? denotes those believed (but not confirmed) to be Gray's films

Amazon (1980)
Antarctica: Unowned Land (1979)
Canadian Spring (1982)
Desert Southwest (1979)
Farne Islands, The (1972?)
Florida Everglades (1977)
Four Seasons (1973)
Galapagos - The Enchanted Islands (1980)
Great Lakes, The (1981) Wilf Gray Productions for Journal's 'Natural Environment' series. Describes the unique characteristics of the Great Lakes as well the value of the lakes in terms of food, transportation, recreation, and power.
High Plains: Caribou Country (1977)
Inside Passage (1974)
?  Land That Came In From The Cold (1980)
Life of the Sockeye Salmon (1977)
Kluane, Yukon Territory (1973)
Northern Lakes (1978)
Northwest: Mountains to the Sea (1956, 1977)
Place to Be, A (1968) Shows various tourist attractions in Vancouver and at Grouse Mountain.
Promise of Spring
(1975?) Wilf Gray Productions/KEG Productions (Toronto)/Produced with the cooperation of the National Audubon and Canadian Audubon Societies - Series: Audubon Wildlife Theatre - Released in the US by A-V Explorations - Director and photographer, Wilf Gray; Producers, G. Kedey, R. Ellis, D. Gibson; consultant, G. Knerer, music, R. Harrison. Shows the changing patterns of plants, animals, and elements in the spring, from the shores of Vancouver Island to the alpine meadows of the Canadian Rockies and the rich valleys of the interior.
Salmon Research: Water Pollution (1973)
Sea to Sea (1975)
Voyage to the Arctic (1978)
Water: Life to a City (1975)
Wildlife Conservation Officer (1972)
Yukon Territory (1977)

Other films made by Wilf Gray

Big Game Camera Holiday (1963, for British Columbia. Dept. of Recreation and Conservation) Accompanies the members of a picture-taking expedition into Canada's Tweedsmuir National Park and follows their pursuit of big game. Pictures a giant grizzly bear at the water's edge, big-horn sheep and mountain goats, caribou, white-tailed deer and elk.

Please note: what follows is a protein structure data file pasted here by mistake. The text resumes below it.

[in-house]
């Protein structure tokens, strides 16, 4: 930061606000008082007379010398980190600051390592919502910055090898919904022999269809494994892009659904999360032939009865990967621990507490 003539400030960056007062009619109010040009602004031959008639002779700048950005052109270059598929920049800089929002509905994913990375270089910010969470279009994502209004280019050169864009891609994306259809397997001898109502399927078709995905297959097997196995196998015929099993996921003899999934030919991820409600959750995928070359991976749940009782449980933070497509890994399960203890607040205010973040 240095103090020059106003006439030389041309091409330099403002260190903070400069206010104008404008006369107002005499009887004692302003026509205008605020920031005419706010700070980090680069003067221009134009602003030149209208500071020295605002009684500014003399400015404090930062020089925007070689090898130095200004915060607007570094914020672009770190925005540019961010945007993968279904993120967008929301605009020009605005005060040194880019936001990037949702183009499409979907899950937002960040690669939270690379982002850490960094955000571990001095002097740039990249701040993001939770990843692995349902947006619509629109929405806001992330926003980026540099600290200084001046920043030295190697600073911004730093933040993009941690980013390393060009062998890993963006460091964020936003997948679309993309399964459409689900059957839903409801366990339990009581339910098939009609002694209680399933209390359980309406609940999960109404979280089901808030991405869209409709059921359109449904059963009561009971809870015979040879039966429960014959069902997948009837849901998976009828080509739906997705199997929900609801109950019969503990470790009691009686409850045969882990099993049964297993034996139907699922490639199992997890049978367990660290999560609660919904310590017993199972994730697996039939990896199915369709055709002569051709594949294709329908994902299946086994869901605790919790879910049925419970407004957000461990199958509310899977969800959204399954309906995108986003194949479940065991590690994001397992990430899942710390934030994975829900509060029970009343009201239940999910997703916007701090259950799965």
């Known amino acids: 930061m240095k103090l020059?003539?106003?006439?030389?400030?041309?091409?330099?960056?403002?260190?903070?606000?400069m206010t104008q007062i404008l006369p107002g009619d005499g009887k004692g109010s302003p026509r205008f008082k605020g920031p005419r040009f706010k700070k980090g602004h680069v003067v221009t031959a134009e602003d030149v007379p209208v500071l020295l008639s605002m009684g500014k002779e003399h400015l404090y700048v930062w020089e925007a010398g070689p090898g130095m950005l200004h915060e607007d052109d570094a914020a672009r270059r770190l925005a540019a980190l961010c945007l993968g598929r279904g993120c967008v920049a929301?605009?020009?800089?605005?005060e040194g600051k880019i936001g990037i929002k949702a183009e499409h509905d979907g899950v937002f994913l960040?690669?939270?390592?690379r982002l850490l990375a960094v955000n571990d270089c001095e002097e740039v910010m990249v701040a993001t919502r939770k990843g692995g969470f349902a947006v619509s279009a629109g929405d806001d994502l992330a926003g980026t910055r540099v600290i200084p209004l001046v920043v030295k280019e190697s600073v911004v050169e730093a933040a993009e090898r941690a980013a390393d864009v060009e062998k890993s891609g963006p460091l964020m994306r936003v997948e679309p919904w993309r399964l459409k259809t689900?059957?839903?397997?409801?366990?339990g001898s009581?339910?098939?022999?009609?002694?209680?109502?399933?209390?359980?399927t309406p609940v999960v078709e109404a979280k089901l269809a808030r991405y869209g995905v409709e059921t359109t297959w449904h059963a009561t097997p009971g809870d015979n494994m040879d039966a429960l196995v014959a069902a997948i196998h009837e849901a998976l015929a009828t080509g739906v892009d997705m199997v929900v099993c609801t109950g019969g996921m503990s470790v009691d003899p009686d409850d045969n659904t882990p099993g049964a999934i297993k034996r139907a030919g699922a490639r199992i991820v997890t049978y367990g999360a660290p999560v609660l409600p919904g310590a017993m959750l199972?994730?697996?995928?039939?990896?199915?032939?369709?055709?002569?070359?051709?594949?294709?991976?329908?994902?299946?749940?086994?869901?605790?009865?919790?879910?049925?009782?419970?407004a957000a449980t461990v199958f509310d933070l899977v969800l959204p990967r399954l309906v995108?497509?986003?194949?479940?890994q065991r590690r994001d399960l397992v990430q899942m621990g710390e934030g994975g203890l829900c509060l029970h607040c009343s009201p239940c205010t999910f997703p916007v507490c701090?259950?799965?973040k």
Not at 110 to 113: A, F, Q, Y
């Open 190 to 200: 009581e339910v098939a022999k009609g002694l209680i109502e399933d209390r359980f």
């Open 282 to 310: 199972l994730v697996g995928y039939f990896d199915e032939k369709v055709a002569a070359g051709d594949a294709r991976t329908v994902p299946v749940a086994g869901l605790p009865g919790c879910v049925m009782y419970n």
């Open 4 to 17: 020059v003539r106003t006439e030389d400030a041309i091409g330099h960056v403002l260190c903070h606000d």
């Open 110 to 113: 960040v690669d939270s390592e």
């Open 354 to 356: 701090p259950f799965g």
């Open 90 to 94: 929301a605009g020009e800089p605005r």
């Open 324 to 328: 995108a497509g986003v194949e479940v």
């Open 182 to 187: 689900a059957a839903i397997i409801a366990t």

Breath of Spring
(1966, British Columbia. Dept. of Recreation and Conservation)
British Columbia: Mountains to the Sea (1970)
Canadian Spring (1972)
East 1, West 1 (1966, for British Columbia. Dept. of Recreation and Conservation,  Photographic Branch) Traces the Trans - Canada Highway from the foothills of the Rocky Mountains to Vancouver Island.
Highway One (1975) - Wilf Gray Productions - Producer, director, and photographer, Wilf Gray; writer, Marg Gray; narrator, Bob Switzer; film editor, Bert Bush. Shows Trans-Canada Highway from Calgary to Victoria, consisting of 1,000 miles of changing scenery and points of interest.
Indian Days (1963), National Film Board of Canada/British Columbia, Dept. of Recreation and Conservation - Director, Wilf Gray; script, Julia Gosling; narrators, George McLean, Jim Nielsen; photographers, Wilf Gray, Peter Parsons. Pictures and describes Indian Days, a mid-June event in Kamloops every year. Includes views of its main street parade and rodeo with wild bronco riding, steer roping, and bull riding.